The importance of breeding objectives for a commercial herd was discussed during the Afrikaner Bushveld Study Group’s ‘School of Beef’, hosted at the recent Thabazimbi Show.
Breeding objectives should be tailor-made for each herd, depending on the environment, breed type, market requirements and production system. Selecting specific breeding material to improve your herd can be a challenging process.
The lack of specific breeding goals for your herd could result in the aimless selection of a breeding bull, and this can place the genetic potential of your cowherd at a disadvantage.
The interpretation of the auction catalogue, especially on traits of economic importance such as fertility and growth, are essential tools for the commercial beef producer. Fertility and growth will enhance the optimum number and weight of weaner calves, in order to improve profitability.
Importance of the breeding bull
Best Linear Unbiased Prediction (BLUP) information on the catalogue is based on performance data and is an unbiased, objective method to identify superior genetics. The physical appearance of a breeding bull is however just as important to ensure functional efficiency.
Although functional efficiency is a subjective inspection by breed inspectors, it is important to note that the process is based on minimum breed standards, which would also ensure functionality.
Traits (good or bad) are heritable and the purpose of selection is to ensure superior genetics and improvement. The heritability of growth traits is fairly high and an inferior bull may influence the performance of a herd negatively. The wrong bull for your herd could end up breeding calves with lower weaning weights.
The selection of the ideal breeding bull is probably one of the most popular topics for discussion during auctions, as its importance and genetic influence, can never be underestimated.
Although bulls are only 3% of a herd’s composition, they genetically contribute 50% towards each calf. If his heifers are selected for replacement, the genetic influence of a bull becomes even more prominent in a herd, for years to come.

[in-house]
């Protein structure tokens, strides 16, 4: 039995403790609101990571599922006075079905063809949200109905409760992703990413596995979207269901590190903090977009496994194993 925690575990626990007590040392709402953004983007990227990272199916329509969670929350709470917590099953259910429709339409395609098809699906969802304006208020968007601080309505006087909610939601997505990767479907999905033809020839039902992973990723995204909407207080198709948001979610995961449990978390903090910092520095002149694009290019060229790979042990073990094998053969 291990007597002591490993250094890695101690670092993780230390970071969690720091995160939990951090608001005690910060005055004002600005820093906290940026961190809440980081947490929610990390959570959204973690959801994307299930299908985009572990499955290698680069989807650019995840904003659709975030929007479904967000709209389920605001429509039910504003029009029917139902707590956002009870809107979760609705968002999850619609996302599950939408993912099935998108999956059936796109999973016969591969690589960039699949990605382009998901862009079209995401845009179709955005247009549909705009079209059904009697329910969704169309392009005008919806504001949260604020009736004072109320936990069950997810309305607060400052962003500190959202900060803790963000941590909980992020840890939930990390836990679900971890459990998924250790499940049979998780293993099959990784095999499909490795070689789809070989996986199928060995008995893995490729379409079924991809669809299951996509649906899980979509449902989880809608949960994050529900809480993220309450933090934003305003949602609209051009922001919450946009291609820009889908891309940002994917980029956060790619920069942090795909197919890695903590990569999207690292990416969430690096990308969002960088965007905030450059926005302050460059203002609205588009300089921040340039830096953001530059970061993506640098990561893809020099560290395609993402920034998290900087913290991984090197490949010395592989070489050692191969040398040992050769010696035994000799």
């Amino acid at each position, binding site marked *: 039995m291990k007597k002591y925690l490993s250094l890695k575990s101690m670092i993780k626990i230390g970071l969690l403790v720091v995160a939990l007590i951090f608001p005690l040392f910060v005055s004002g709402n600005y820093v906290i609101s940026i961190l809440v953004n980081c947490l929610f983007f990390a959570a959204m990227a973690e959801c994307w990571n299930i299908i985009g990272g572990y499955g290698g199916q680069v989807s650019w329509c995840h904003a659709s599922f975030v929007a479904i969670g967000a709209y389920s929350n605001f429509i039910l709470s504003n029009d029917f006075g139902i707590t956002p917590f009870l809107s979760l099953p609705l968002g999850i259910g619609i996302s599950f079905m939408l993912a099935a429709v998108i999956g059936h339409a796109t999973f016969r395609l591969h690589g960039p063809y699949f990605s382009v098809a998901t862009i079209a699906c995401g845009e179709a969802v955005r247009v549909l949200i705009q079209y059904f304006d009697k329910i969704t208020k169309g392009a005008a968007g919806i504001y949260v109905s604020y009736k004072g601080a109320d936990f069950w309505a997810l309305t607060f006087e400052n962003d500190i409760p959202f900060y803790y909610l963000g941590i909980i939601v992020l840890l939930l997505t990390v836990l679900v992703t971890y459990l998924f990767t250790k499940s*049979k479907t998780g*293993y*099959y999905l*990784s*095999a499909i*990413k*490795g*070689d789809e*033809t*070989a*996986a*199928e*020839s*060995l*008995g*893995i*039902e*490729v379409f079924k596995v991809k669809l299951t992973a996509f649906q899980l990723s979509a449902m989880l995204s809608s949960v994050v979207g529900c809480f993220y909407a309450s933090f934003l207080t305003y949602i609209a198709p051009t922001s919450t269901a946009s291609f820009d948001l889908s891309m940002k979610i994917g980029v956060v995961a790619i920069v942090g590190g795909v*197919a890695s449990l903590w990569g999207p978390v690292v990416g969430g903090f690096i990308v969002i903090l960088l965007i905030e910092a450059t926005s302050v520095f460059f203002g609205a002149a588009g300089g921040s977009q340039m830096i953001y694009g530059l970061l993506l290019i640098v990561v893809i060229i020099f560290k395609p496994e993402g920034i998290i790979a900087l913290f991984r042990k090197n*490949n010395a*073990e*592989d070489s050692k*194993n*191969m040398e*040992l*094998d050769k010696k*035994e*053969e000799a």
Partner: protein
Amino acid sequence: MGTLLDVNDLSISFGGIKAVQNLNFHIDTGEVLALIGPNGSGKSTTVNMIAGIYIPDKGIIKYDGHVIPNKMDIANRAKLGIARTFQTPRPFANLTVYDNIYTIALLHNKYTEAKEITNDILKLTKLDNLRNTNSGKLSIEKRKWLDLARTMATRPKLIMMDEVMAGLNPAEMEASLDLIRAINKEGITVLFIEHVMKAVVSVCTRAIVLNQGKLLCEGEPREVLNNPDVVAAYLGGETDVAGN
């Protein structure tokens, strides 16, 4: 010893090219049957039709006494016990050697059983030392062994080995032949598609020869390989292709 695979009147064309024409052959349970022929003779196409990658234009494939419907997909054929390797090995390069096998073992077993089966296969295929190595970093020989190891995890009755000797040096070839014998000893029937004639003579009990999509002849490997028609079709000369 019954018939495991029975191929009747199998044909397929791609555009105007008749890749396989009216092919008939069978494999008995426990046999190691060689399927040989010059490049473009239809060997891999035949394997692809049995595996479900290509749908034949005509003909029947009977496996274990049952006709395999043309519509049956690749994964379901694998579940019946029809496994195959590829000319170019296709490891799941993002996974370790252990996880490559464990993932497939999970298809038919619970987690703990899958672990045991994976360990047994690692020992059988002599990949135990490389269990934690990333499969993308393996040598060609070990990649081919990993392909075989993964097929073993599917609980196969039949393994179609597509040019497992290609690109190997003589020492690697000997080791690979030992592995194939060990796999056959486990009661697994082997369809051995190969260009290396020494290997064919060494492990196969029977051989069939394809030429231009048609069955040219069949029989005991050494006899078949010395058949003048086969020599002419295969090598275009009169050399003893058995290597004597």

Always keep in mind that the bull also carries genes influencing the milk production potential of his daughters.
The breeding value for scrotum circumference, which is an indication of semen quantity, the inter-calving period of the dam and the number of calves produced, could assist the buyer to evaluate the fertility status of the bull. The semen quality test, done prior to the auction, can be requested from the owner.
Auction catalogue as a selection tool
The interpretation of the auction catalogue may be challenging for buyers, and for this specific reason, it is often ignored. The limited time between lots during the auction also does not allow enough time to really interpret all the information at hand.
Best practice would be to get a copy of the auction catalogue, at least a few days prior to the auction, to allow proper selection of potential breeding stock.
Bulls on offer have already been inspected and passed the test for functional efficiency, which is a method of quality control. But by just visually selecting a bull and ignoring the performance information available is similar to buying a vehicle without looking at its specifications, such as engine size, performance, etc.
The information on the catalogue is readily available to enable the buyer to make a more informed decision on traits that cannot be seen by the naked eye.
Questions such as which bull’s progeny will grow faster, have more milk, or limit calving difficulty when mated with heifers, can be determined by the interpretation of the performance information on the auction catalogue.
Breeding bulls are usually purchased at a relatively young age of about three years. Body length and height vary within a herd and even more so between different herds and environments.
The breeding values for these two traits make it possible for the buyer to determine the frame type of a bull and whether it will fit into his production environment.